List of Contents
- What is an antiquity?
- What do international conventions say about protecting antiquities?
- What steps have been undertaken by the government for protecting antiquities?
- How India can bring back antiquities from other countries?
- What are the challenges in Retrieving Stolen Idols and Artefacts?
- What should be done for protecting antiquities?
Source: The post is based on the articles
“Antiquities abroad: What Indian, international laws say” published in the Indian Express on 14th March 2023.
“IE-ICIJ investigation of Indian antiquities in US museums” published in the Indian Express on 16th March 2023.
Syllabus: GS – 1: Art Forms, literature and Architecture from ancient to modern times.
Relevance: About protecting antiquities and challenges associated.
News: Private research has found that the catalogue of the Metropolitan Museum of Art, New York, includes at least 77 items with links to a smuggler, who is serving a 10-year jail term in Tamil Nadu.
What is an antiquity?
The Antiquities and Art Treasures Act, 1972 defined “antiquity” as any coin, sculpture, painting, epigraph or other work of art or craftsmanship and others that “has been in existence for not less than one hundred years.”
For “manuscript, record or other documents which are of scientific, historical, literary or aesthetic value”, this duration is not less than seventy-five years.
What do international conventions say about protecting antiquities?
The UNESCO 1970 Convention on the Means of Prohibiting and Preventing the Illicit Import, Export, and Transfer of Ownership of Cultural Property defined “cultural property” as the property designated by countries having “importance for archaeology, prehistory, history, literature, art or science.”
The convention also said that “the illicit import, export, and transfer of ownership of cultural property is one of the main causes of the impoverishment of the cultural heritage of the countries of origin.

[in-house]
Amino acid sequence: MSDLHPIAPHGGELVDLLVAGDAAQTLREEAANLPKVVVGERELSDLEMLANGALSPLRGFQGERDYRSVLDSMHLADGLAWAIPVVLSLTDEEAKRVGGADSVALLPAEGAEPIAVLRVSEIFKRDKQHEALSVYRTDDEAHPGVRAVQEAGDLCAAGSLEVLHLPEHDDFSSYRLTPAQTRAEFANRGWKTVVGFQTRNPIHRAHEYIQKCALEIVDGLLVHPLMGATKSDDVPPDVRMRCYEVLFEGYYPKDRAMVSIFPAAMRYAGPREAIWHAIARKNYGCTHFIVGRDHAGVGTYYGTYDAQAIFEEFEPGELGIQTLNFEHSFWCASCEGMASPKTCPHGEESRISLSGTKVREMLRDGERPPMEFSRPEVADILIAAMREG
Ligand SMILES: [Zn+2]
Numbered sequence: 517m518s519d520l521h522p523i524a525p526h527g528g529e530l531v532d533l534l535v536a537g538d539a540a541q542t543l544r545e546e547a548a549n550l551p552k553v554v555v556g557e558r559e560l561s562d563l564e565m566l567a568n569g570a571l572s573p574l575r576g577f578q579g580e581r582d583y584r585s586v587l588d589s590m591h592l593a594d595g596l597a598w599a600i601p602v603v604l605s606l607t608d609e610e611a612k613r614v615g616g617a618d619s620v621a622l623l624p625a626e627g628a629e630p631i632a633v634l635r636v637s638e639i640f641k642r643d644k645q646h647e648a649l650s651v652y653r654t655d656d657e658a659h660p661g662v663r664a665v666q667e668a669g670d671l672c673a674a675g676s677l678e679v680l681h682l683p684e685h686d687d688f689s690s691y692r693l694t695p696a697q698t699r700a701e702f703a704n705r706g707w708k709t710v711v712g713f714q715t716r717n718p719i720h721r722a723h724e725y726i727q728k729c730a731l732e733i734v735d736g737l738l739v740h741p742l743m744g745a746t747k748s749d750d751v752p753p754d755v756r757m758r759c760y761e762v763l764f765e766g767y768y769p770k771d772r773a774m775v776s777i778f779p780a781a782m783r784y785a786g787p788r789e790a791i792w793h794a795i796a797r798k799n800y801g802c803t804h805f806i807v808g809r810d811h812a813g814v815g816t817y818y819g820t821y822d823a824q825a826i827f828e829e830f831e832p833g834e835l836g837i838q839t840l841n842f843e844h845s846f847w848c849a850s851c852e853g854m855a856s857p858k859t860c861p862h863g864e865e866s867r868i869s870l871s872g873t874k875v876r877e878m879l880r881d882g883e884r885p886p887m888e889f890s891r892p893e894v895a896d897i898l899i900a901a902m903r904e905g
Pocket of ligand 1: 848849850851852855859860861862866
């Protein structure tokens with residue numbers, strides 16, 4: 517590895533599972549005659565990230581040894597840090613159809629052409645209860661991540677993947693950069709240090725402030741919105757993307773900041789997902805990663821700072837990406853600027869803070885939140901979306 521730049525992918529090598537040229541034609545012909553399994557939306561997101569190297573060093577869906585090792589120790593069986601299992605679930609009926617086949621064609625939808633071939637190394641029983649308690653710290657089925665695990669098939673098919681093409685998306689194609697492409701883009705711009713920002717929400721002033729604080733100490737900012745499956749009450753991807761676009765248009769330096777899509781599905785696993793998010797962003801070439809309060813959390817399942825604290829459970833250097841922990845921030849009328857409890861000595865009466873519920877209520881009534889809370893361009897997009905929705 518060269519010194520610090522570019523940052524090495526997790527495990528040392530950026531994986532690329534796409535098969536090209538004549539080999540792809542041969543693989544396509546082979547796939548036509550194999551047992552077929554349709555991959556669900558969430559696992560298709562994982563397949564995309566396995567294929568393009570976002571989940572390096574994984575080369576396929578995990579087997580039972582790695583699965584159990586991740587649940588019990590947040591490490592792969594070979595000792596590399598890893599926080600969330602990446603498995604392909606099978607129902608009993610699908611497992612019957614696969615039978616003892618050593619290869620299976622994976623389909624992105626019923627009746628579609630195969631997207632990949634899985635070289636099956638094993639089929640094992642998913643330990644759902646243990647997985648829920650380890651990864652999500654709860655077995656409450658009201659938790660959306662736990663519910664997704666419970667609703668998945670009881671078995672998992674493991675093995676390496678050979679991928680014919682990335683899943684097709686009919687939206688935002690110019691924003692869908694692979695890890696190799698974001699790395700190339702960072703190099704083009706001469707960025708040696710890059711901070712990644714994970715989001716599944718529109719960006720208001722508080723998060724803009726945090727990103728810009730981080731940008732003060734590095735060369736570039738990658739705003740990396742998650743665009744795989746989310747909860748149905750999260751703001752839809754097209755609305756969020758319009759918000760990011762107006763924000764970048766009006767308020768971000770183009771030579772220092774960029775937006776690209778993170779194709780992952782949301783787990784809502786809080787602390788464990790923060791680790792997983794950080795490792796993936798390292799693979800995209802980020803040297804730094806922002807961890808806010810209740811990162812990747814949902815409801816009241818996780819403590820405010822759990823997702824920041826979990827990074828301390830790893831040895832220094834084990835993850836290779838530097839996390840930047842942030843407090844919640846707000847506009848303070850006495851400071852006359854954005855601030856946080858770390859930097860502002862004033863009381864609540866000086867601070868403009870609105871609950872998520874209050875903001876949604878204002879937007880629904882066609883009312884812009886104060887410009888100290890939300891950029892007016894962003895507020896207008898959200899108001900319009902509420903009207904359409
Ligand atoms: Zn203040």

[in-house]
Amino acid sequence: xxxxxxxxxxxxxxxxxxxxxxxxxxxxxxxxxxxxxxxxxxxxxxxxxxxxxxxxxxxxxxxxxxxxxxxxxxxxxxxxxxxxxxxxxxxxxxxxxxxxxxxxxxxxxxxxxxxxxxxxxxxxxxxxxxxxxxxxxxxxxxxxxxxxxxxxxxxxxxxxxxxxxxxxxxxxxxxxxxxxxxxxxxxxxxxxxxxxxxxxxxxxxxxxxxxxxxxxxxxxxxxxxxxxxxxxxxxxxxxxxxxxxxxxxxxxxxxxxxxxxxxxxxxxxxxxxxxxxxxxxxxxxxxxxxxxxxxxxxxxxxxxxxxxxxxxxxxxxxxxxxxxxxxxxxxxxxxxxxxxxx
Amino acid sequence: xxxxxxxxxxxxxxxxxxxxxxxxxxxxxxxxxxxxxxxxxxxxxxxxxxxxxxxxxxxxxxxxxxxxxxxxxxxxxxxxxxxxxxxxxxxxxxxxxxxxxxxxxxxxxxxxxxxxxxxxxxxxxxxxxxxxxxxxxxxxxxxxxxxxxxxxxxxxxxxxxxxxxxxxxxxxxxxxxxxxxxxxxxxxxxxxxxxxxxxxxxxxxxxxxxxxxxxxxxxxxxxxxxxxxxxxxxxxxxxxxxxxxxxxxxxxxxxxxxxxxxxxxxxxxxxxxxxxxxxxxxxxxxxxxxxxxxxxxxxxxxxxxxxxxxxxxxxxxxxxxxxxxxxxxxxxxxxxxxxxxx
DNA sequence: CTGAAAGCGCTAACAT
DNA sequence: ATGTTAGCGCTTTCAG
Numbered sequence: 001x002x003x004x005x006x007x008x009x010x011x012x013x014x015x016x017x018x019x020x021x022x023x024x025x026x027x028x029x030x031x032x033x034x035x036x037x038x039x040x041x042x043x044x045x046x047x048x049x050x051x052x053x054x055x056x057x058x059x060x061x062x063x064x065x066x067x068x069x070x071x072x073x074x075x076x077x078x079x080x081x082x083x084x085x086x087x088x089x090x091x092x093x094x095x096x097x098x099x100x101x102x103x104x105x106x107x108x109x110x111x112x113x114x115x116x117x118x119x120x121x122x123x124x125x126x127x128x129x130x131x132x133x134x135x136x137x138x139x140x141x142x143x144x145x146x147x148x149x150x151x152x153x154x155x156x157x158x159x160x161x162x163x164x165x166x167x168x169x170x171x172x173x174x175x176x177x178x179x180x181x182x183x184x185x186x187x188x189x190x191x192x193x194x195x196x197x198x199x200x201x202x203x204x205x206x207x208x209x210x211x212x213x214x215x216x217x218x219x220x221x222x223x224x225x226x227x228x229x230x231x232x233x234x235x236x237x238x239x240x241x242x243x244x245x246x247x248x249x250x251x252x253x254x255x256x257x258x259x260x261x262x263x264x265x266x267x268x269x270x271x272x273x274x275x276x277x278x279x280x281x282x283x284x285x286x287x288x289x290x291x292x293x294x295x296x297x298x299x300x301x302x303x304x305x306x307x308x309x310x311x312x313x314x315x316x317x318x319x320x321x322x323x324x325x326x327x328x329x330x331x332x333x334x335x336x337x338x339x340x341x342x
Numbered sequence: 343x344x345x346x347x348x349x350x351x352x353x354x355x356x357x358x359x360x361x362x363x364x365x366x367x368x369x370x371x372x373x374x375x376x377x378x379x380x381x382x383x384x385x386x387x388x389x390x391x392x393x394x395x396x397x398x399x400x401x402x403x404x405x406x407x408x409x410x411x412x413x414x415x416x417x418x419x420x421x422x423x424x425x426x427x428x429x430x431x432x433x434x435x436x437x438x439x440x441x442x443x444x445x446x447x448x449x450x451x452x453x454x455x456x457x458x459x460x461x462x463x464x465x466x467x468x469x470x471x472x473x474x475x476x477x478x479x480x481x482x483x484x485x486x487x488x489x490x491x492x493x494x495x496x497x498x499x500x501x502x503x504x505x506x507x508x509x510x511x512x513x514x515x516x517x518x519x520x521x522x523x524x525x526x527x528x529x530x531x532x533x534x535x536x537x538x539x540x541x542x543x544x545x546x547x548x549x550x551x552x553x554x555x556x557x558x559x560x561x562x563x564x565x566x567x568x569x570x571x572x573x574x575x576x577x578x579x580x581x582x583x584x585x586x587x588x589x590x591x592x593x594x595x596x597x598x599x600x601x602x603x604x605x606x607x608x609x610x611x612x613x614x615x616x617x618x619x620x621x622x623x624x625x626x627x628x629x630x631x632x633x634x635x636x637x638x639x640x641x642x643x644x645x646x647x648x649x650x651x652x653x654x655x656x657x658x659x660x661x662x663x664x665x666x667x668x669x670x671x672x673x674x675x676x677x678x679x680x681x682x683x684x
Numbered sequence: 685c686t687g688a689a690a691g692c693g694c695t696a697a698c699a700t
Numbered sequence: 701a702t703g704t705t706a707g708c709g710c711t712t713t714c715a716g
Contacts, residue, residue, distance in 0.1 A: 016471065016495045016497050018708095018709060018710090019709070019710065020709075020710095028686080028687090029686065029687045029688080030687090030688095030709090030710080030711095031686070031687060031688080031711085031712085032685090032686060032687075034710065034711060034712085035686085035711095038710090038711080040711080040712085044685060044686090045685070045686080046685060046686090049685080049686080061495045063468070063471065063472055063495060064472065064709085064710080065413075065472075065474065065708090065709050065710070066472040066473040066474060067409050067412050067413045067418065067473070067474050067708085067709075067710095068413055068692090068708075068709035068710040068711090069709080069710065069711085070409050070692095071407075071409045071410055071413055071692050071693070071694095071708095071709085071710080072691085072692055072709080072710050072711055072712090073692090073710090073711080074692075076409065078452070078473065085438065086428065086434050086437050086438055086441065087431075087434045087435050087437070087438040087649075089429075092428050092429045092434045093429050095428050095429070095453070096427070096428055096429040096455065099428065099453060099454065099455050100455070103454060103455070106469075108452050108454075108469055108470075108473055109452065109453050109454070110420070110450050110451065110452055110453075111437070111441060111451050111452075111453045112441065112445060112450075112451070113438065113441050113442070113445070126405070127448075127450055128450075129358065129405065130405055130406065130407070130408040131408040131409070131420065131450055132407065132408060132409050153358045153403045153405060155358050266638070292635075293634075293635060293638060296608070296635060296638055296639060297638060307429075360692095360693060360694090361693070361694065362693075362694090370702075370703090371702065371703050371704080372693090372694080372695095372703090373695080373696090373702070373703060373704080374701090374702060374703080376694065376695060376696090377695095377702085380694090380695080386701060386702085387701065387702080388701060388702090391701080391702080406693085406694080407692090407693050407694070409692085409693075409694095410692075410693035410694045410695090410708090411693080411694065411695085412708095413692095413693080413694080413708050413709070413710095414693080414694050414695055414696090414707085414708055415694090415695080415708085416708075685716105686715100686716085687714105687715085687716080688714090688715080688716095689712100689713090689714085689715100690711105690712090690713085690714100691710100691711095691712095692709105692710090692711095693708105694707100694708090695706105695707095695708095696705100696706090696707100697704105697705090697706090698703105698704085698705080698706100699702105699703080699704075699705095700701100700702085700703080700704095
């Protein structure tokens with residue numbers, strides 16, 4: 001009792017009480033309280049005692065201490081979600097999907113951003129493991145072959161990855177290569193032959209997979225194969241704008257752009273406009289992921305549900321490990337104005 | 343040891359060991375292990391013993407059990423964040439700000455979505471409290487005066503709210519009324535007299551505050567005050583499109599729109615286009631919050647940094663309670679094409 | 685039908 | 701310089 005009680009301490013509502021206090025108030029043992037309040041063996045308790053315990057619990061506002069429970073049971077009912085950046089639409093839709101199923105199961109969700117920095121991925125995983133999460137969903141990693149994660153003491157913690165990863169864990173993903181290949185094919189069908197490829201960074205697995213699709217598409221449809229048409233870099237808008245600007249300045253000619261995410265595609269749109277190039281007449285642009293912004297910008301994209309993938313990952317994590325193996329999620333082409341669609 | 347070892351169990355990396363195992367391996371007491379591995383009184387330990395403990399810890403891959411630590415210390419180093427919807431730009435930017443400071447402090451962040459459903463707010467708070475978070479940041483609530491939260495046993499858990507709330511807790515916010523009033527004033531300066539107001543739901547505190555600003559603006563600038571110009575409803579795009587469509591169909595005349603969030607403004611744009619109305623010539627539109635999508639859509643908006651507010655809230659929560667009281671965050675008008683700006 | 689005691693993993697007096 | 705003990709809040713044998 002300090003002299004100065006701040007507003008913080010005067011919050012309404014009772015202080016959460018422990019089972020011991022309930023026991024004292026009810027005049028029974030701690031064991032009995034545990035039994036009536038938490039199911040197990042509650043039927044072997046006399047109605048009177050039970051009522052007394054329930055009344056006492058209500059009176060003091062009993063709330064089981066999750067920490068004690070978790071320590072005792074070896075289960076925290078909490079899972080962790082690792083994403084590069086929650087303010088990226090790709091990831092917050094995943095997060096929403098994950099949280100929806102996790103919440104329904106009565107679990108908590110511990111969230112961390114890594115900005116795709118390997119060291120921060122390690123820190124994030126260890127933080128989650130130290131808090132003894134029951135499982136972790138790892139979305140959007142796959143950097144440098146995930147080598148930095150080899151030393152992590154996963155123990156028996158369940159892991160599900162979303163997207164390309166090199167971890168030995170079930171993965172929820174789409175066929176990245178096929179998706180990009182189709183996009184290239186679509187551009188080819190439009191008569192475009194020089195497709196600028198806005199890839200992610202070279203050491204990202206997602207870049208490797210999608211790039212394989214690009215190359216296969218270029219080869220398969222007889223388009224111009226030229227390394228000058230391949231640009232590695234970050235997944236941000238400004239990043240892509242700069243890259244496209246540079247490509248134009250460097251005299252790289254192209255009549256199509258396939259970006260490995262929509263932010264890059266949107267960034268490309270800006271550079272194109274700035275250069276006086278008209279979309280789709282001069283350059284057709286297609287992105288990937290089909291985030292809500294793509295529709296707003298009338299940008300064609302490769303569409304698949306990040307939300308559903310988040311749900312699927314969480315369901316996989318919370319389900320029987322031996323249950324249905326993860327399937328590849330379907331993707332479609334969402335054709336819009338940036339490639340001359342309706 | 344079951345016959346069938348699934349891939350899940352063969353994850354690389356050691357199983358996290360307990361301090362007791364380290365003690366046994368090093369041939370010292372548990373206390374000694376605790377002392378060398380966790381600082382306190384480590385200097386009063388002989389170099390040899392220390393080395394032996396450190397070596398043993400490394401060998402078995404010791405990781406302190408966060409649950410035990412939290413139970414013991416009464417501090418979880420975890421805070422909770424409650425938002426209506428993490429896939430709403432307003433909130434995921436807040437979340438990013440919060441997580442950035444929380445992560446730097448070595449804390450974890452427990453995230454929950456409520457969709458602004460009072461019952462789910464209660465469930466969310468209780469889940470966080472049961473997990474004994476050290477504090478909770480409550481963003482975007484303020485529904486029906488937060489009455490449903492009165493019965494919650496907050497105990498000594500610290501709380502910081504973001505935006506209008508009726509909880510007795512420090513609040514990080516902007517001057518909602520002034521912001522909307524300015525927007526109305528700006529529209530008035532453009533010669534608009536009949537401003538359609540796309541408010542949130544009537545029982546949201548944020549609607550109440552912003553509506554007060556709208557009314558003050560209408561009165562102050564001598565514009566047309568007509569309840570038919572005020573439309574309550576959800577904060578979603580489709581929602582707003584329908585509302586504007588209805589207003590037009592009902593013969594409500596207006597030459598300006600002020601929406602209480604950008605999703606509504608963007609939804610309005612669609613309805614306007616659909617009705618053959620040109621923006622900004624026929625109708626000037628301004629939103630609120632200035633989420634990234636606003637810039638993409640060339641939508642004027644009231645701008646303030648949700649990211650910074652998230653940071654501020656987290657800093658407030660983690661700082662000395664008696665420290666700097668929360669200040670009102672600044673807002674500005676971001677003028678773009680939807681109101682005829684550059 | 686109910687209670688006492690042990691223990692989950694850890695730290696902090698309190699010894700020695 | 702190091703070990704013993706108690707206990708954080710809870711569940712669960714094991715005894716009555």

What steps have been undertaken by the government for protecting antiquities?
-Before Independence, an Antiquities (Export Control) Act had been passed in April 1947 to ensure that “no antiquity could be exported without license.”
-Item-67 of the Union List, Item-12 of the State List, and Item-40 of the Concurrent List of the Constitution deal with the country’s heritage.
– In 1958, The Ancient Monuments and Archaeological Sites and Remains Act was enacted.
-The government also enacted the Antiquities and Art Treasures Act, 1972 (AATA). It has been implemented since 1976. Under AATA, “Every person who owns, controls or is in possession of any antiquity” shall register such antiquity before the registering officer “and obtain a certificate in token of such registration.”
How India can bring back antiquities from other countries?
There are three categories of antiquities. These are a) antiquities taken out of India pre-independence; b) Those which were taken out since independence until March 1976, i.e. before the implementation of AATA; and c) Antiquities taken out of the country since April 1976.
For items in the first two categories, requests have to be raised bilaterally or on international fora. Antiquities in the second and third categories can be retrieved easily by raising an issue bilaterally with proof of ownership and with the help of the UNESCO convention.
What are the challenges in Retrieving Stolen Idols and Artefacts?
Non-availability of FIR: According to the UNESCO Convention, the first thing to prove the ownership of the artefacts of the country is the complaint report (FIR in India). But in many cases, there is no FIR in India.
Lack of proper data: Since Independence, only 486 artefacts have been reported missing from the monuments preserved by the Archaeological Survey of India (ASI). But there is a large gap between what is reported as missing and what is surfacing now in foreign museums.
The inefficiency of the ASI: a) 2013 report of CAG highlighted that the agency “has no vigilance or monitoring cell to function as a deterrence against theft of antiquities”, b) the 2005 report of the Parliamentary Standing Committee highlighted that the ASI’s inability to access the latest technology.
|Must read: Retrieving Stolen Idols and Artefacts: Initiatives, Challenges and Way Forward – Explained, pointwise|
What should be done for protecting antiquities?
–Mirdha Committee (in 1984) had recommended that the ASI “should be accorded the status of a scientific and technical institution and provided autonomy in its functioning”. This should be fulfilled.
-The government should address the “lack of resources” issue with Indian Museums.